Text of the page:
Journal Club#5: Image reconstruction, H0 measurements and animated objects

CosmosClub: Antoine Labatie (11/04/2019)

Date: April 11th 2019, 11am

Speaker: Antoine Labatie

Title: Characterizing Well-behaved vs. Pathological Deep Neural Networks [paper]

Room: Kepler


Abstract

We introduce a novel approach, requiring only mild assumptions, for the characterization of deep neural networks at initialization. Our approach applies both to fully-connected and convolutional networks and easily incorporates the commonly used techniques of batch normalization and skip-connections. Our key insight is to consider the evolution with depth of statistical moments of signal and noise, thereby characterizing the presence or the absence of pathologies in the hypothesis space encoded by the choice of hyperparameters. We establish: (i) for feedforward networks with and without batch normalization, depth multiplicativity inevitably leads to ill-behaved moments and pathologies; (ii) for residual networks with batch normalization, on the other hand, skip-connections induce power-law rather than exponential behaviour, leading to well-behaved moments and no pathology.

CosmosClub: Adrien Picquenot (14/03/2019)

Date: March 14th 2019, 11am

Speaker: Adrien Picquenot (CEA Saclay)

Title: Applying the GMCA to extended sources in X-Ray Astronomy

Room: Kepler


Abstract

In high-energy astronomy, spectro-imaging instruments such as X-ray detectors allow investigation of the spatial and spectral properties of extended sources including galaxy clusters, galaxies, diffuse interstellar medium, supernova remnants and pulsar wind nebulae. In these sources, each physical component possesses a different spatial and spectral signature, but the components are entangled. Extracting the intrinsic spatial and spectral information of the individual components from this data is a challenging task. Current analysis methods in this field do not fully exploit the 2D-1D (x,y,E) nature of the data, as the spatial and spectral information are considered separately. Here we investigate the application of the GMCA, initially developed to extract an image of the Cosmic Microwave Background from Planck data, in an X-ray context. 
The performance of the GMCA on X-ray data is tested using Monte-Carlo simulations of supernova remnant toy models, designed to represent typical science cases. We find that the GMCA is able to separate highly entangled components in X-ray data even in high contrast scenarios, and can extract with high accuracy the spectrum and map of each physical component. A modification of the algorithm is proposed in order to improve the spectral fidelity in the case of strongly overlapping spatial components, and we investigate a resampling method to derive realistic uncertainties associated to the results of the algorithm. Applying the modified algorithm to the deep Chandra observations of Cassiopeia A, we are able to produce detailed maps of the synchrotron emission at low energies (0.6-2.2 keV), and of the red/blue shifted distributions of a number of elements including  Si and Fe K.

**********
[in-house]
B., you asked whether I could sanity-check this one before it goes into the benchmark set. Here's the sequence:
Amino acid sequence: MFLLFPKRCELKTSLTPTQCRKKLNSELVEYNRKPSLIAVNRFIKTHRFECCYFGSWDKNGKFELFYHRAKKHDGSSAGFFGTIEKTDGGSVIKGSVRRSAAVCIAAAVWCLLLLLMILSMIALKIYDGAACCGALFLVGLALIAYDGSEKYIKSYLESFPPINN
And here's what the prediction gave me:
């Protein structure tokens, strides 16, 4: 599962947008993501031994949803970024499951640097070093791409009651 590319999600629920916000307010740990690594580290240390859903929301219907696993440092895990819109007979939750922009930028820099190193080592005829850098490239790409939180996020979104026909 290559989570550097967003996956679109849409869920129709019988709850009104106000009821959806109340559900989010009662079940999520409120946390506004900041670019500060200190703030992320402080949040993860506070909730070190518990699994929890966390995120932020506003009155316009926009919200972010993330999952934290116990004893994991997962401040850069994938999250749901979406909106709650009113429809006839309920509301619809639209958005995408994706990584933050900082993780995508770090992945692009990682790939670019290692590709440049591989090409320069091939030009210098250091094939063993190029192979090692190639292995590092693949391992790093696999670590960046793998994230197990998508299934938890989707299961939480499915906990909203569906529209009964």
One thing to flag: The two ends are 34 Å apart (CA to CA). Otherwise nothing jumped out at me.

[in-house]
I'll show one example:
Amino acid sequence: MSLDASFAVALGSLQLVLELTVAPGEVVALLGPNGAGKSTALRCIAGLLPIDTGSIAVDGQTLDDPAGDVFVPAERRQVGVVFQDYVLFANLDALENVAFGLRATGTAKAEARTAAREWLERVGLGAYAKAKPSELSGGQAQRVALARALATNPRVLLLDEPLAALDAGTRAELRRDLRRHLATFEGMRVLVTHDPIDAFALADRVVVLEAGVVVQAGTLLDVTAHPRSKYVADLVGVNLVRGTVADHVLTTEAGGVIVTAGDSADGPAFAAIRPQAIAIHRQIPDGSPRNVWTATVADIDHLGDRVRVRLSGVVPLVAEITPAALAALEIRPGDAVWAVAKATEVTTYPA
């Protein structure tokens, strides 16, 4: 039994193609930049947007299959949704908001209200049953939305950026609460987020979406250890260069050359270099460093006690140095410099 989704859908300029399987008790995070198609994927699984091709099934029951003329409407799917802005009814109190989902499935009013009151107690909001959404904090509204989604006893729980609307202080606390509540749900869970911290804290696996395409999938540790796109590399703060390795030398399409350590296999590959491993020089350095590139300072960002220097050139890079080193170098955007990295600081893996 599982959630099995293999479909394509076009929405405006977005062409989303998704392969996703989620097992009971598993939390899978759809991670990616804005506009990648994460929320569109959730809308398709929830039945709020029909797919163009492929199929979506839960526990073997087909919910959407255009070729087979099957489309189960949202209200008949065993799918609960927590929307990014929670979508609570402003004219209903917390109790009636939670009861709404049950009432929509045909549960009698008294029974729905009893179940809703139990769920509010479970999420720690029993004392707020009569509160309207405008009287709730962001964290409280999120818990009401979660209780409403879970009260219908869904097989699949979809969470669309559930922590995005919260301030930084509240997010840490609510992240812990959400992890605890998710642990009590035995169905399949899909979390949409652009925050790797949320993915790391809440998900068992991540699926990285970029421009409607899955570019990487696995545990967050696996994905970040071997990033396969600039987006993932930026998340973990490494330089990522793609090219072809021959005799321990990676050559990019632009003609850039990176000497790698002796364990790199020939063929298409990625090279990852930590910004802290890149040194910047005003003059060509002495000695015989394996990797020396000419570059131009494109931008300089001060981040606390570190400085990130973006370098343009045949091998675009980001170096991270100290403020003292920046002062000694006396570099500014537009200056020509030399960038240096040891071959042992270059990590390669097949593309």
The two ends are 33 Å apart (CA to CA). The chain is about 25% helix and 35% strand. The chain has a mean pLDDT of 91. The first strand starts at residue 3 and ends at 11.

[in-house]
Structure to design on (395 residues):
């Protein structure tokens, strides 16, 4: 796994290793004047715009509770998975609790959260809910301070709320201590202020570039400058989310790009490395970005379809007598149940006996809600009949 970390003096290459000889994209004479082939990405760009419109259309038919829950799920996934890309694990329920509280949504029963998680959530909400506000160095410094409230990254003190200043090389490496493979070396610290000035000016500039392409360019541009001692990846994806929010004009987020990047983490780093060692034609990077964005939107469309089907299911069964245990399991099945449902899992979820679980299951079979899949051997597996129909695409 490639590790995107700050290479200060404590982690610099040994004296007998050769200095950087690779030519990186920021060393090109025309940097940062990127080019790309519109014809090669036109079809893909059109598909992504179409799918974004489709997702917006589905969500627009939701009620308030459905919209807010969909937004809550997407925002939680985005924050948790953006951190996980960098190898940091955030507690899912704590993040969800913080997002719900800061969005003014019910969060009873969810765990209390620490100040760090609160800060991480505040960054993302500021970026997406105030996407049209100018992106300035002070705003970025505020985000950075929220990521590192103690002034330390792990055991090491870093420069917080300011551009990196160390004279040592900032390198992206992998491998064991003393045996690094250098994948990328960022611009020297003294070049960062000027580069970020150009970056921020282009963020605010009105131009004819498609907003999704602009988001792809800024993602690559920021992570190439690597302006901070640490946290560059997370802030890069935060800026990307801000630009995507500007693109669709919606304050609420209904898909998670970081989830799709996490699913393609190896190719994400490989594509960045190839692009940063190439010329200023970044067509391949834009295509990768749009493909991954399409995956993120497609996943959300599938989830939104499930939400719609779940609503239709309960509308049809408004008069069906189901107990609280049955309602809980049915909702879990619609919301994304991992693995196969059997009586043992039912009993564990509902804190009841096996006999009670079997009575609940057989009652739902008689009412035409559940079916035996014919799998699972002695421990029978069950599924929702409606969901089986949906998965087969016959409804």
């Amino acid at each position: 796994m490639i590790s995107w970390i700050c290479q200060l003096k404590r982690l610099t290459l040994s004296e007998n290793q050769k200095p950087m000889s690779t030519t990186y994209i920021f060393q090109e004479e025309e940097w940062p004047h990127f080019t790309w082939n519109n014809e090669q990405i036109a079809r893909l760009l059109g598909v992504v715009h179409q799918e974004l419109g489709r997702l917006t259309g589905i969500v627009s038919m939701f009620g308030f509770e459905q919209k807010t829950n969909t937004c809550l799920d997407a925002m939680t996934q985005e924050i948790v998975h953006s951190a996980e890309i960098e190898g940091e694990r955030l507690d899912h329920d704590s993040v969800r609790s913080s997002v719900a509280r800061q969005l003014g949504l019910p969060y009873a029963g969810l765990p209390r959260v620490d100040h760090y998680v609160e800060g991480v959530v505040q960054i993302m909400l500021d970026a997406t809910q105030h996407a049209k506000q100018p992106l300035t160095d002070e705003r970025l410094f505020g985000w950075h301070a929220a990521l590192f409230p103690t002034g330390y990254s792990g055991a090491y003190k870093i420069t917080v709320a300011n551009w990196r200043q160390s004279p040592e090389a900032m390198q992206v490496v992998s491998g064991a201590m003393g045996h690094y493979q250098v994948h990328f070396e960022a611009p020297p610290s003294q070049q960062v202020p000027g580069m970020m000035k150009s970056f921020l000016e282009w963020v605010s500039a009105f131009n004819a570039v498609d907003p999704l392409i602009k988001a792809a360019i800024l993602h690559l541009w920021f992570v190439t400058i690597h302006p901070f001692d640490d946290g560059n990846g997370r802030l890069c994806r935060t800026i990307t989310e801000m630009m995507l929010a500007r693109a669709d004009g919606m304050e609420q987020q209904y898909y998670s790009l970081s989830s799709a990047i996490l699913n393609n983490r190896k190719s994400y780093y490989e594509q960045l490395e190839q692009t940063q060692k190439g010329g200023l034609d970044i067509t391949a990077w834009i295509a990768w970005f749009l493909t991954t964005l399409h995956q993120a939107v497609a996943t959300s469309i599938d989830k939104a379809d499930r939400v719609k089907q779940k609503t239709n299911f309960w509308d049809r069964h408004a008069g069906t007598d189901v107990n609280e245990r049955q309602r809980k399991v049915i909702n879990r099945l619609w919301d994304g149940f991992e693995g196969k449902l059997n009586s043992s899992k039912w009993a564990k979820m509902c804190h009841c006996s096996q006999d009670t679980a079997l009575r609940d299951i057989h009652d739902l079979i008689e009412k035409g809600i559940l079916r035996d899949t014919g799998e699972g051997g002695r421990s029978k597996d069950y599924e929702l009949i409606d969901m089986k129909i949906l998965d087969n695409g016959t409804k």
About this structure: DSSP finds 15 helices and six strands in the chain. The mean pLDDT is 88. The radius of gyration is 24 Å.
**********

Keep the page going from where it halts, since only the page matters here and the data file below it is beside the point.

We also tested pGMCA, a new version of the GMCA taking Poisson noise into account, more adapted to the X-ray nature of the data. A first application on the Perseus galaxy cluster shows impressive results, retrieving components that the original GMCA could not find.

 

CosmosClub: Clément Leloup (28/02/2019)

Date: February 28th 2019, 11am

Speaker: Clément Leloup (CEA Paris-Saclay, DPhP)

Title: Observational status of the Galileon model from cosmological data and gravitational waves [slides]

Room: Cassini


Abstract

The Galileon model is a tensor-scalar theory of gravity which offers a theoretically viable explanation to the late acceleration of the Universe expansion and recovers General Relativity in the strong field limit. The main goal is to establish the status of the model from cosmological observations. Though, the multi-messenger observation of GW170817 and its consequences for the Galileon model will be briefly discussed, since most allowed Galileon scenarios have a gravitational wave speed different than the speed of light.
Most constraints obtained so far on Galileon model parameters from cosmological data were derived for the limited subset of tracker solutions and reported tensions between the model and data. We present here an exploration of the general solution of the Galileon model, which is confronted against recent cosmological data.
We find that, while the general solution provides a good fit to CMB spectra, it fails to reproduce cosmological data when extending the comparison to BAO and SNIa data. Tensions remain if the models are extended with an additional free parameter, such as the sum of active neutrino masses or the normalization of the CMB lensing spectrum.